So there has to be a rule for which set comes first, because if there wasn't, two people could do the same sum and get two different answers - and that's no use, because written maths is just another kind of language for communicating, and so it has to be clear what you mean when you write down a sum.

(There's no physical reason why multiplication and division come first, and not addition and subtraction - that's just something that mathematicians have agreed on, because they had to pick one order or the other to make their language work. Working out what is a physical fact and what is just a convention is the thing I find most baffling about maths!)


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#345 sbhoa

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Posted 20 March 2018 - 22:09

To go back to the original question - have a think about it.
*Does* it matter?

Suppose you have 5 + 4 - 2.
If you do the addition first, you get 5 + 4 = 9, then 9 - 2 = 7
If you do the subtraction first, you get 4 - 2 = 2, then 5 + 2 = 7 - the same answer

Or suppose you have 3 * 4 / 2
If you do the multiplication first, you get 3 * 4 = 12, then 12 / 2 = 6
If you do the division first, you get 4 / 2 = 2, then 3 * 2 = 6 - the same answer

You can play about for yourself and see that it never makes a difference - multiplication and division are the same thing going in different directions, so it doesn't matter which way round you go, and so are addition and subtraction.

If I'm struggling to see *why* something is, I often find it helps to stick some numbers in and give it a go!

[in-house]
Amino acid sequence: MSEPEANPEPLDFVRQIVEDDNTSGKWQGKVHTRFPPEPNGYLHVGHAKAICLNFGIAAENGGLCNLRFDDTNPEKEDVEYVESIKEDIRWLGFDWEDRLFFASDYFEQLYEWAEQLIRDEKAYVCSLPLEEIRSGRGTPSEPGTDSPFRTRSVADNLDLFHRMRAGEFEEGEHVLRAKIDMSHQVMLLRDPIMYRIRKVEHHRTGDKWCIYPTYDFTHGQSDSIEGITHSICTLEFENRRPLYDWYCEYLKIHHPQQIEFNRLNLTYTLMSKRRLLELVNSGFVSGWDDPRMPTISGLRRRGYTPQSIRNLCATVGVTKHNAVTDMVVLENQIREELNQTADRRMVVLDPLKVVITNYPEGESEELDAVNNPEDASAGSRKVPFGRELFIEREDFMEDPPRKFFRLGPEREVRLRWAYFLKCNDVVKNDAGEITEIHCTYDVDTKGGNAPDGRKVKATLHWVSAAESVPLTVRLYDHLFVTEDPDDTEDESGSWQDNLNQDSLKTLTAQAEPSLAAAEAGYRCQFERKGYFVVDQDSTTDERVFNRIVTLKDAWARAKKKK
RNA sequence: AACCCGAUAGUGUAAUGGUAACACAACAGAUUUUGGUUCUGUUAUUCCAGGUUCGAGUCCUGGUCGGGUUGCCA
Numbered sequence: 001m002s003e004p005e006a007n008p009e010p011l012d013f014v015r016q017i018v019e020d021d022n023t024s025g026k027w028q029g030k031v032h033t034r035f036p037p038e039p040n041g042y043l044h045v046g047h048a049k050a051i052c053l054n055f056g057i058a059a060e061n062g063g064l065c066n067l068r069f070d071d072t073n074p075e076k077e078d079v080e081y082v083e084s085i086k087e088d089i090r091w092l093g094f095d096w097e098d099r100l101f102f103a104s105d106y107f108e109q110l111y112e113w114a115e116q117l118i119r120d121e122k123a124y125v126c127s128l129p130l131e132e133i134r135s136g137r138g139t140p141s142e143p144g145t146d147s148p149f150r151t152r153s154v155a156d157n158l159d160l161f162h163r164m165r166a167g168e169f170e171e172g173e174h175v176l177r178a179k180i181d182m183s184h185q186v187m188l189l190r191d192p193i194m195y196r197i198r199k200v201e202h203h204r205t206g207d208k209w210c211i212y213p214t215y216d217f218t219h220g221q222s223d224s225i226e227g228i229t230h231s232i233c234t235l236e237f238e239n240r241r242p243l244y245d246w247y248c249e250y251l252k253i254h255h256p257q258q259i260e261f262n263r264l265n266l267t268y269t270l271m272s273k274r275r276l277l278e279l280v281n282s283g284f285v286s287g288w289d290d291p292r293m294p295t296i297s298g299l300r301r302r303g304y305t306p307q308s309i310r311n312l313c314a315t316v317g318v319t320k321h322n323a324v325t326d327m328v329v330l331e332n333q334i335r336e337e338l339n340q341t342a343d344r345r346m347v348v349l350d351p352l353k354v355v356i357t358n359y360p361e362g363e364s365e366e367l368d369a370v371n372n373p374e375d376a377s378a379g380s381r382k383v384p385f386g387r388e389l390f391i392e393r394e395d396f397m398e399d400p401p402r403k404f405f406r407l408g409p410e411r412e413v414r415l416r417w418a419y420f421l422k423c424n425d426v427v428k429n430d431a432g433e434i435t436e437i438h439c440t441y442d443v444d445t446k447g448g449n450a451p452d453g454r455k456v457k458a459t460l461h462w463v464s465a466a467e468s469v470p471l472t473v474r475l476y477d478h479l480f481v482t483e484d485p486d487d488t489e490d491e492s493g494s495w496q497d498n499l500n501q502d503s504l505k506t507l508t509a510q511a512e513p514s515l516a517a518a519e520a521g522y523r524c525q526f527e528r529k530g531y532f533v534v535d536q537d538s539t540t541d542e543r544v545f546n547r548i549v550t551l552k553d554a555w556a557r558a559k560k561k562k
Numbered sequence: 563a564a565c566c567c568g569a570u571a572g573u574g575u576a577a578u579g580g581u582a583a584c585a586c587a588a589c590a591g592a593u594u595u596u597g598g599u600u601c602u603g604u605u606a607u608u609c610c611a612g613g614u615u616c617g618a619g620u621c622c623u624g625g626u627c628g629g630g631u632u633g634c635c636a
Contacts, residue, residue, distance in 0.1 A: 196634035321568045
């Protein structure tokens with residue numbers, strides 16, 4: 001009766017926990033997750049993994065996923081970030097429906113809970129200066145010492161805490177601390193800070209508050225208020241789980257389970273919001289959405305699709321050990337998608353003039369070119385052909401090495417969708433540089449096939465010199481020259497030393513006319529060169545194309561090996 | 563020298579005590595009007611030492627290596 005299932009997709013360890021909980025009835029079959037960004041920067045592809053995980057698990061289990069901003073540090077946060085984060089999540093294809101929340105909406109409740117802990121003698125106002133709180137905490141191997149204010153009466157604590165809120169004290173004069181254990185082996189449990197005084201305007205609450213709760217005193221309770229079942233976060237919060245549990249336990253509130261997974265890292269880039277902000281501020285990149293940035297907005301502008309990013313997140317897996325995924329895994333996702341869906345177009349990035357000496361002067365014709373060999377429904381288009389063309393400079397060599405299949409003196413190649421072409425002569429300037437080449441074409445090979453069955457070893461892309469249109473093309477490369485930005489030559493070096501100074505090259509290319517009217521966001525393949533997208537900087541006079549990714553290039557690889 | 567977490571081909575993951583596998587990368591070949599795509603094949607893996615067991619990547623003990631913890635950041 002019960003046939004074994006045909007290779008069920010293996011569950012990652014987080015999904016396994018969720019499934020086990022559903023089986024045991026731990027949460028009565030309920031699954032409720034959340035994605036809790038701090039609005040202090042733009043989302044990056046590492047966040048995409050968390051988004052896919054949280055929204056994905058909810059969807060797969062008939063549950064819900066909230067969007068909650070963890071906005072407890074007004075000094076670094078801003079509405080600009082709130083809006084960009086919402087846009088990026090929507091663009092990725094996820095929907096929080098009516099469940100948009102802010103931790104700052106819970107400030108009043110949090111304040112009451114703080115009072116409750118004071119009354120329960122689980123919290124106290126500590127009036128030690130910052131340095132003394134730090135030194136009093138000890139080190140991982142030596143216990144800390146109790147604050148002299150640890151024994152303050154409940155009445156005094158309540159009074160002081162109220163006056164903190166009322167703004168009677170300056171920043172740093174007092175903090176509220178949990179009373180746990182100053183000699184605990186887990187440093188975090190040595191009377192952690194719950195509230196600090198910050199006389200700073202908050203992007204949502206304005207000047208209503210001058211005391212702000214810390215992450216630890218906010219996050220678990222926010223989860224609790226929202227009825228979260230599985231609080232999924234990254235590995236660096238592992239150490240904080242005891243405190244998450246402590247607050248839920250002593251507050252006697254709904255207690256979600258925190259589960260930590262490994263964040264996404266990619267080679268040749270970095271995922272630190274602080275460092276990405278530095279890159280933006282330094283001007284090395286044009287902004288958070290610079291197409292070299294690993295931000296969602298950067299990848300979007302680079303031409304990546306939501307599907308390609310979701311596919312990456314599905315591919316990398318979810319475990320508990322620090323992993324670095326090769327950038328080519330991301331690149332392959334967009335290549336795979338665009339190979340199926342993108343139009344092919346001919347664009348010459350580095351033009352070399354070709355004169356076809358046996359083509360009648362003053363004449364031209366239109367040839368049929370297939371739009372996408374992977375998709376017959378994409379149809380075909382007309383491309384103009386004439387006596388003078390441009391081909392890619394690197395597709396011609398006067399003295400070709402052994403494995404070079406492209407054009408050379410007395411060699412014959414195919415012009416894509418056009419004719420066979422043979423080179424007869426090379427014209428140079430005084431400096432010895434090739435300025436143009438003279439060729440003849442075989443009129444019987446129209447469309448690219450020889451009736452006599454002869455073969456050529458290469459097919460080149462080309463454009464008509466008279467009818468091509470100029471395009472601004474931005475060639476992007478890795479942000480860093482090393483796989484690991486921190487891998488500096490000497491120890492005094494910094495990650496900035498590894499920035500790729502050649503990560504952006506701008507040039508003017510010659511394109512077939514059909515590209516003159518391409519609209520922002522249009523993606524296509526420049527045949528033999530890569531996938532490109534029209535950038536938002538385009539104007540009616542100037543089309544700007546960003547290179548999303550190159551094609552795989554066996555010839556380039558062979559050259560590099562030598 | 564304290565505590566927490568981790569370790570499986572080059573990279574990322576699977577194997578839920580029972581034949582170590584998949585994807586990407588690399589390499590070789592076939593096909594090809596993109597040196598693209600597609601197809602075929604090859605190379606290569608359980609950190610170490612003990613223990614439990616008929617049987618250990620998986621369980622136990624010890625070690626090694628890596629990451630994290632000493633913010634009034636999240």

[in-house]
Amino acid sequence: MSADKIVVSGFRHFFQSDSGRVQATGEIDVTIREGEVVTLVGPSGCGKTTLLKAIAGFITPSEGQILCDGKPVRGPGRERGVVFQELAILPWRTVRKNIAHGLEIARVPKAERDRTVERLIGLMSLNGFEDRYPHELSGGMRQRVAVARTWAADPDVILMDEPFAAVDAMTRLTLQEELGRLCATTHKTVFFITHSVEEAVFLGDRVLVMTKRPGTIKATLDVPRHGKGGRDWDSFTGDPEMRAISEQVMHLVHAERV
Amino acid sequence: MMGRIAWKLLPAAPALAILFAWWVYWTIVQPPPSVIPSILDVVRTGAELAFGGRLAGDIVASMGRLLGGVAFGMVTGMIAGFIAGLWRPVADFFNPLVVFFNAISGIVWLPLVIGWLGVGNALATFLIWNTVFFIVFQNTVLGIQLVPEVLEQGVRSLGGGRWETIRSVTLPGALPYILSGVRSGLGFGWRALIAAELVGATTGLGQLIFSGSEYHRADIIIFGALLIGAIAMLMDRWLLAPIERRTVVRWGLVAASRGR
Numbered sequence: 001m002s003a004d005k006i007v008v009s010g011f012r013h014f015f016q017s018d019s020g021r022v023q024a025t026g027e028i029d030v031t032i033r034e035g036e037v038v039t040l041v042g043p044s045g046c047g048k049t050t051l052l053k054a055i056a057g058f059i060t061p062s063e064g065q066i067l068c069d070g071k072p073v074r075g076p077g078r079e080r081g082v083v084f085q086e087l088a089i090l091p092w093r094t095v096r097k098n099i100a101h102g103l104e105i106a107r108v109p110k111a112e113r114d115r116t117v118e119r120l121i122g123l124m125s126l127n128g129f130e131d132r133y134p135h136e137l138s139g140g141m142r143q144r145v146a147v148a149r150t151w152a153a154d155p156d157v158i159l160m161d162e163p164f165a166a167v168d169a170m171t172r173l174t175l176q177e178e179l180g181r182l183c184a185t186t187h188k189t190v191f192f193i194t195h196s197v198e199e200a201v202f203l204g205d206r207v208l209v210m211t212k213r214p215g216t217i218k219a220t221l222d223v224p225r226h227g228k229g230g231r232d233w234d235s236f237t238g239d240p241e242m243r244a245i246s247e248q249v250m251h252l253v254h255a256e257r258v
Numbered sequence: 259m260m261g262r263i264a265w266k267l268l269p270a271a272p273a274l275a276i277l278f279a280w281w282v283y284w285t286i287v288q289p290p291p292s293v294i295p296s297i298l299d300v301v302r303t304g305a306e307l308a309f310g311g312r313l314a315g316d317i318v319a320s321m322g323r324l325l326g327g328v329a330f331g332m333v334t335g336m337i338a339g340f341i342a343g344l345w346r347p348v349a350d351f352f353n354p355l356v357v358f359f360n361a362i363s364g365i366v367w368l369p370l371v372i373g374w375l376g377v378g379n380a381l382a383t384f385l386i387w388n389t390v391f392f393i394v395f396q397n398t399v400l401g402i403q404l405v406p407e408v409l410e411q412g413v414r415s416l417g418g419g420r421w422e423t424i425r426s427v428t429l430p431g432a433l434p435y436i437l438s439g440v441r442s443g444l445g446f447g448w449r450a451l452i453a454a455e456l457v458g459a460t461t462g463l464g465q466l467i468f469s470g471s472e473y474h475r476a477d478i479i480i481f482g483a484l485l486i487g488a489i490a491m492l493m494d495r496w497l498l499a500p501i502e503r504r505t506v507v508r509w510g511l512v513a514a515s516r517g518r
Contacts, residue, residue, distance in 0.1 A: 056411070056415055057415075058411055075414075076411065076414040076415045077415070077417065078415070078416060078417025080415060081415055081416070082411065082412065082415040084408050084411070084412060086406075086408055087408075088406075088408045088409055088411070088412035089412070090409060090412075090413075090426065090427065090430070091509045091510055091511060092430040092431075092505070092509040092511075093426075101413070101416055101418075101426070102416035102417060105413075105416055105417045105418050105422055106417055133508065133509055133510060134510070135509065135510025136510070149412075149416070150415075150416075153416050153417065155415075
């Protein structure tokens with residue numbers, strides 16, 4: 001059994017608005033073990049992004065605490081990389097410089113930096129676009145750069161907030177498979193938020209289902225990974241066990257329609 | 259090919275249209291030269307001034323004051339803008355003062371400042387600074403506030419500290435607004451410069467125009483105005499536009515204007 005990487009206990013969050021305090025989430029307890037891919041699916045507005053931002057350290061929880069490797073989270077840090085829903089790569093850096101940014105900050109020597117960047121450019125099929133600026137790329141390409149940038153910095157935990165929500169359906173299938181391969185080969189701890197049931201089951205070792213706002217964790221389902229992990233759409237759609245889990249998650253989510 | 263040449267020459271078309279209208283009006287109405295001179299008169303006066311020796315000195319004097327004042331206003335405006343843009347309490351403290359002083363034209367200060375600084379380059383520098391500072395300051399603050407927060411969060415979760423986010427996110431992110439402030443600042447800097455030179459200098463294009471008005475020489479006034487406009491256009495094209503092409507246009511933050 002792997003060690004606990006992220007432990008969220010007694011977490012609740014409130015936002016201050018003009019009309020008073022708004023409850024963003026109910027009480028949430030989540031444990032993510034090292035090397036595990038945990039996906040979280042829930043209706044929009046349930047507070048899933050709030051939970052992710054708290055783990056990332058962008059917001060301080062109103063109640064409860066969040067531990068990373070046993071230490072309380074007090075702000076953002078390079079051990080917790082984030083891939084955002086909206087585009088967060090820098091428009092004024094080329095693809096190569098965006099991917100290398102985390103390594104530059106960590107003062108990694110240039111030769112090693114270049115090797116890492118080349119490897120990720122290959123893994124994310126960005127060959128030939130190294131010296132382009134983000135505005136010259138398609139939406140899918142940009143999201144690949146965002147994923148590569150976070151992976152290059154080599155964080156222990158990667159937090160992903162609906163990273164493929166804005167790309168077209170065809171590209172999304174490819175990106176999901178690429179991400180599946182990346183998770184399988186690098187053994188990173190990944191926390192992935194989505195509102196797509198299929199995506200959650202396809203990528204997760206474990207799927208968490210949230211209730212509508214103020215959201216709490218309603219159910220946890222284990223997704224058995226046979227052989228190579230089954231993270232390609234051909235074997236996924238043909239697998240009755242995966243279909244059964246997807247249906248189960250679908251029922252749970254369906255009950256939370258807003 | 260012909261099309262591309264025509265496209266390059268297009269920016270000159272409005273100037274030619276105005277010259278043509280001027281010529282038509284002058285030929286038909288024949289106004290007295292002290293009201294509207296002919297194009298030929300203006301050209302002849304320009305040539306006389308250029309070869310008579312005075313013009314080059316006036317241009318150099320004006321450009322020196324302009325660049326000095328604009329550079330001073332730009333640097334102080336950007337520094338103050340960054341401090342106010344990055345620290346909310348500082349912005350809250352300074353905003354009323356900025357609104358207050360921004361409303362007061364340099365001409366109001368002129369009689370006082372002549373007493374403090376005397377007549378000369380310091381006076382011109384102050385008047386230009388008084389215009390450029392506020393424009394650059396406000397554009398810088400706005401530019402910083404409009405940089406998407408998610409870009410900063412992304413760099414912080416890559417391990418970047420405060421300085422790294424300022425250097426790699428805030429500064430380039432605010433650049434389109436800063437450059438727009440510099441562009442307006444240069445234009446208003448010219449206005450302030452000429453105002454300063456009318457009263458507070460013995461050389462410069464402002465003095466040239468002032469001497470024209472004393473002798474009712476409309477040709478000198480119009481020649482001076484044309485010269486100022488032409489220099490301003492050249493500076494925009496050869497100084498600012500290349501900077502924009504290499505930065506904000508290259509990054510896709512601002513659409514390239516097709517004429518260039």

But if you start mixing up the two sets, you can show yourself that it does make a difference - suppose you have 3 * 5 + 4
If you do the multiplication first, you get 3 * 5 = 15, then 15 + 4 = 19
But if you do the addition first, you get 5 + 4 = 9, then 3 * 9 = 27 - which is different

So there has to be a rule for which set comes first, because if there wasn't, two people could do the same sum and get two different answers - and that's no use, because written maths is just another kind of language for communicating, and so it has to be clear what you mean when you write down a sum.

(There's no physical reason why multiplication and division come first, and not addition and subtraction - that's just something that mathematicians have agreed on, because they had to pick one order or the other to make their language work. Working out what is a physical fact and what is just a convention is the thing I find most baffling about maths!)

So why not just write in the order it's meant to be calculated? If you write the multiplication/division first then you do it first and if you write the addition/subtraction first you do it that way round.